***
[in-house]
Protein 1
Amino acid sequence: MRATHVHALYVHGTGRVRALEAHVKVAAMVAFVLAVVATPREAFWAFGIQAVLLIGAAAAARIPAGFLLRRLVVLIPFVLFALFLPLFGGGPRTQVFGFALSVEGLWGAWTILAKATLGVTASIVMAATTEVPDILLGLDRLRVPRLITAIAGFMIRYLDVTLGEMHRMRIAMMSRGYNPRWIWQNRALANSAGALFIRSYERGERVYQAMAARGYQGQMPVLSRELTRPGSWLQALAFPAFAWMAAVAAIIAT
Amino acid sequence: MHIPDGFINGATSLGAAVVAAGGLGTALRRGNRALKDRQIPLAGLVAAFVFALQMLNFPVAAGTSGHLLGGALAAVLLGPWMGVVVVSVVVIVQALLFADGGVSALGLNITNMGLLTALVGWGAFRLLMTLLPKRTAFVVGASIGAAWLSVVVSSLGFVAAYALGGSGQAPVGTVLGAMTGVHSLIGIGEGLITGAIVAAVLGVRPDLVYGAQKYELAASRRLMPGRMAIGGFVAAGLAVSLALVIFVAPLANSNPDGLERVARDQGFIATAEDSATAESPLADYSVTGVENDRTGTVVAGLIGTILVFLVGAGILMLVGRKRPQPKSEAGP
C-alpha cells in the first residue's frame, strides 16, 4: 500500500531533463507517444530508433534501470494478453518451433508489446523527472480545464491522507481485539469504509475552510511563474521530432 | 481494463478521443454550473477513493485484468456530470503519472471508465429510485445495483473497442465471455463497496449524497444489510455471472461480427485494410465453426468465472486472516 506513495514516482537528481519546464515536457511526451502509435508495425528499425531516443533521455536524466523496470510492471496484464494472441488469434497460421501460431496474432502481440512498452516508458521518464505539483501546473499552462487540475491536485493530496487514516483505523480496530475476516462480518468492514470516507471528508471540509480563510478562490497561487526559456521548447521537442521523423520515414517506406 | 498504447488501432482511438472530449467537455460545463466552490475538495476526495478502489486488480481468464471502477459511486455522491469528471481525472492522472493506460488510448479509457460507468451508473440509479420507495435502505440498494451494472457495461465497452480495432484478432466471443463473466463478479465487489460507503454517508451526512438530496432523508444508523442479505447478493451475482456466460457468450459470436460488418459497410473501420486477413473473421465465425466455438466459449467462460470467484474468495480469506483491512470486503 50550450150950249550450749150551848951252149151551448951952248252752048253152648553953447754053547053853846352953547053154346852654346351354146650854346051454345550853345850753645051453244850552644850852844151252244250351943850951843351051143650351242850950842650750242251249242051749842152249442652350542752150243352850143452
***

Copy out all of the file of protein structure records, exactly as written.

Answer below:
[in-house]
Protein 1
Amino acid sequence: MRATHVHALYVHGTGRVRALEAHVKVAAMVAFVLAVVATPREAFWAFGIQAVLLIGAAAAARIPAGFLLRRLVVLIPFVLFALFLPLFGGGPRTQVFGFALSVEGLWGAWTILAKATLGVTASIVMAATTEVPDILLGLDRLRVPRLITAIAGFMIRYLDVTLGEMHRMRIAMMSRGYNPRWIWQNRALANSAGALFIRSYERGERVYQAMAARGYQGQMPVLSRELTRPGSWLQALAFPAFAWMAAVAAIIAT
Amino acid sequence: MHIPDGFINGATSLGAAVVAAGGLGTALRRGNRALKDRQIPLAGLVAAFVFALQMLNFPVAAGTSGHLLGGALAAVLLGPWMGVVVVSVVVIVQALLFADGGVSALGLNITNMGLLTALVGWGAFRLLMTLLPKRTAFVVGASIGAAWLSVVVSSLGFVAAYALGGSGQAPVGTVLGAMTGVHSLIGIGEGLITGAIVAAVLGVRPDLVYGAQKYELAASRRLMPGRMAIGGFVAAGLAVSLALVIFVAPLANSNPDGLERVARDQGFIATAEDSATAESPLADYSVTGVENDRTGTVVAGLIGTILVFLVGAGILMLVGRKRPQPKSEAGP
C-alpha cells in the first residue's frame, strides 16, 4: 500500500531533463507517444530508433534501470494478453518451433508489446523527472480545464491522507481485539469504509475552510511563474521530432 | 481494463478521443454550473477513493485484468456530470503519472471508465429510485445495483473497442465471455463497496449524497444489510455471472461480427485494410465453426468465472486472516 506513495514516482537528481519546464515536457511526451502509435508495425528499425531516443533521455536524466523496470510492471496484464494472441488469434497460421501460431496474432502481440512498452516508458521518464505539483501546473499552462487540475491536485493530496487514516483505523480496530475476516462480518468492514470516507471528508471540509480563510478562490497561487526559456521548447521537442521523423520515414517506406 | 498504447488501432482511438472530449467537455460545463466552490475538495476526495478502489486488480481468464471502477459511486455522491469528471481525472492522472493506460488510448479509457460507468451508473440509479420507495435502505440498494451494472457495461465497452480495432484478432466471443463473466463478479465487489460507503454517508451526512438530496432523508444508523442479505447478493451475482456466460457468450459470436460488418459497410473501420486477413473473421465465425466455438466459449467462460470467484474468495480469506483491512470486503 50550450150950249550450749150551848951252149151551448951952248252752048253152648553953447754053547053853846352953547053154346852654346351354146650854346051454345550853345850753645051453244850552644850852844151252244250351943850951843351051143650351242850950842650750242251249242051749842152249442652350542752150243352850143452